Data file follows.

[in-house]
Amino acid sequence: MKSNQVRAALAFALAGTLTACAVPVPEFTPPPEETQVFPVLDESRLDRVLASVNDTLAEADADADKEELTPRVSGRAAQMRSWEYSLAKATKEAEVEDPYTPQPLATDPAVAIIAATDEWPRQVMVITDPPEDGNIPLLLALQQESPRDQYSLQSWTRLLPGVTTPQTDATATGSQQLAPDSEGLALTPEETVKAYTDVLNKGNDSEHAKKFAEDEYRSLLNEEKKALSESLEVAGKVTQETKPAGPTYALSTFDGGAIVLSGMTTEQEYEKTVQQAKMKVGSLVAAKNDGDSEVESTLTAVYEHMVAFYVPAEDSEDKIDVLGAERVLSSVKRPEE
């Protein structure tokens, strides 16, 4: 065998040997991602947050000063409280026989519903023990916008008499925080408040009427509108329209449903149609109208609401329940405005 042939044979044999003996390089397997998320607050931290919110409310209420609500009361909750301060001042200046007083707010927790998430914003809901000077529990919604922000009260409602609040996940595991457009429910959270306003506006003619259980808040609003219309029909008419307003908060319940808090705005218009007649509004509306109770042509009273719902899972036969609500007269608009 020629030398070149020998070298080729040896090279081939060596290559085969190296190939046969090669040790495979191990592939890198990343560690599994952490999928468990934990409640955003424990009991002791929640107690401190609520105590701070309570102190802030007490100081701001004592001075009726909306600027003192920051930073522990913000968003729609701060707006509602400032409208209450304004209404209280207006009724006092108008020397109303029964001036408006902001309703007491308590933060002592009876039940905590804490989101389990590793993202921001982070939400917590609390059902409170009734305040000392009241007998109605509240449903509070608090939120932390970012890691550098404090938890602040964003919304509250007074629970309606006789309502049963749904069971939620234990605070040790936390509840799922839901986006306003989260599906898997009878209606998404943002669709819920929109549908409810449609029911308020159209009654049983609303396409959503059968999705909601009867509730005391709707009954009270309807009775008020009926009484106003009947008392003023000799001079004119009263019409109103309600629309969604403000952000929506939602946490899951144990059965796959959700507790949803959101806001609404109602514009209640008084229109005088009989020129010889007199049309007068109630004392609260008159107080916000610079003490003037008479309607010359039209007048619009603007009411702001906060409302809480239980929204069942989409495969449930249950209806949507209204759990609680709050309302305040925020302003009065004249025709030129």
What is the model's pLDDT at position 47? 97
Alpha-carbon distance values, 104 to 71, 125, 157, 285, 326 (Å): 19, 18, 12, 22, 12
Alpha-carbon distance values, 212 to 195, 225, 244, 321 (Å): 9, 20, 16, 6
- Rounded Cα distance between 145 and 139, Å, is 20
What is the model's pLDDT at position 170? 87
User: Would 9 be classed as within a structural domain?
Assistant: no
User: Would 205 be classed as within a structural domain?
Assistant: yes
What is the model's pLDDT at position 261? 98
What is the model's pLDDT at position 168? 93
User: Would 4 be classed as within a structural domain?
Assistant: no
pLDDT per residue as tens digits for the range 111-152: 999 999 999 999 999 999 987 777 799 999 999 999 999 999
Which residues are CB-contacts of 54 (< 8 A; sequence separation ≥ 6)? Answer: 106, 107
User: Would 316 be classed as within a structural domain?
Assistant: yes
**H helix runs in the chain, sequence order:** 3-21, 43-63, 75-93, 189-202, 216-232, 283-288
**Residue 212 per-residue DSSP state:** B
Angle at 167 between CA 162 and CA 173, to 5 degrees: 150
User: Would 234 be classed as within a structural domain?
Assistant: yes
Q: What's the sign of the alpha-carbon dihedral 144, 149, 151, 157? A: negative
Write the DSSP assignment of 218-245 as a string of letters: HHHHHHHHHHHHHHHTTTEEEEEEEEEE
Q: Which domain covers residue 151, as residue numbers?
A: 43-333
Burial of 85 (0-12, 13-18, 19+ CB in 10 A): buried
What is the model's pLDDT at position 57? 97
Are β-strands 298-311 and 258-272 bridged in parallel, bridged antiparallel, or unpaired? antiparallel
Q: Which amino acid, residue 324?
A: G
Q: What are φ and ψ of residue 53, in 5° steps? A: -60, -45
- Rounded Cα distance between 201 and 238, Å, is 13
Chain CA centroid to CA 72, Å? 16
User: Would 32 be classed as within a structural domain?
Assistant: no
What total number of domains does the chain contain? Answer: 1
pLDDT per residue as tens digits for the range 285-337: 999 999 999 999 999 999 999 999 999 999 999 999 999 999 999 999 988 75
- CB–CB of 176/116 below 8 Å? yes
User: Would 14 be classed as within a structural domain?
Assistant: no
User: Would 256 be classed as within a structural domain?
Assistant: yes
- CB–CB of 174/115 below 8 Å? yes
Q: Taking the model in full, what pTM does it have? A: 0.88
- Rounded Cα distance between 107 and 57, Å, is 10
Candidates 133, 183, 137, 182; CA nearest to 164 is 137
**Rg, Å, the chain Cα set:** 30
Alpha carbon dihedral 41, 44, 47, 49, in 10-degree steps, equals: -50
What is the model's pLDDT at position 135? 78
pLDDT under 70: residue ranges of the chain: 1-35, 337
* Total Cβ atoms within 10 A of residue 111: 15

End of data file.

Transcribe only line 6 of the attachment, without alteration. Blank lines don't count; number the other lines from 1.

Alpha-carbon distance values, 212 to 195, 225, 244, 321 (Å): 9, 20, 16, 6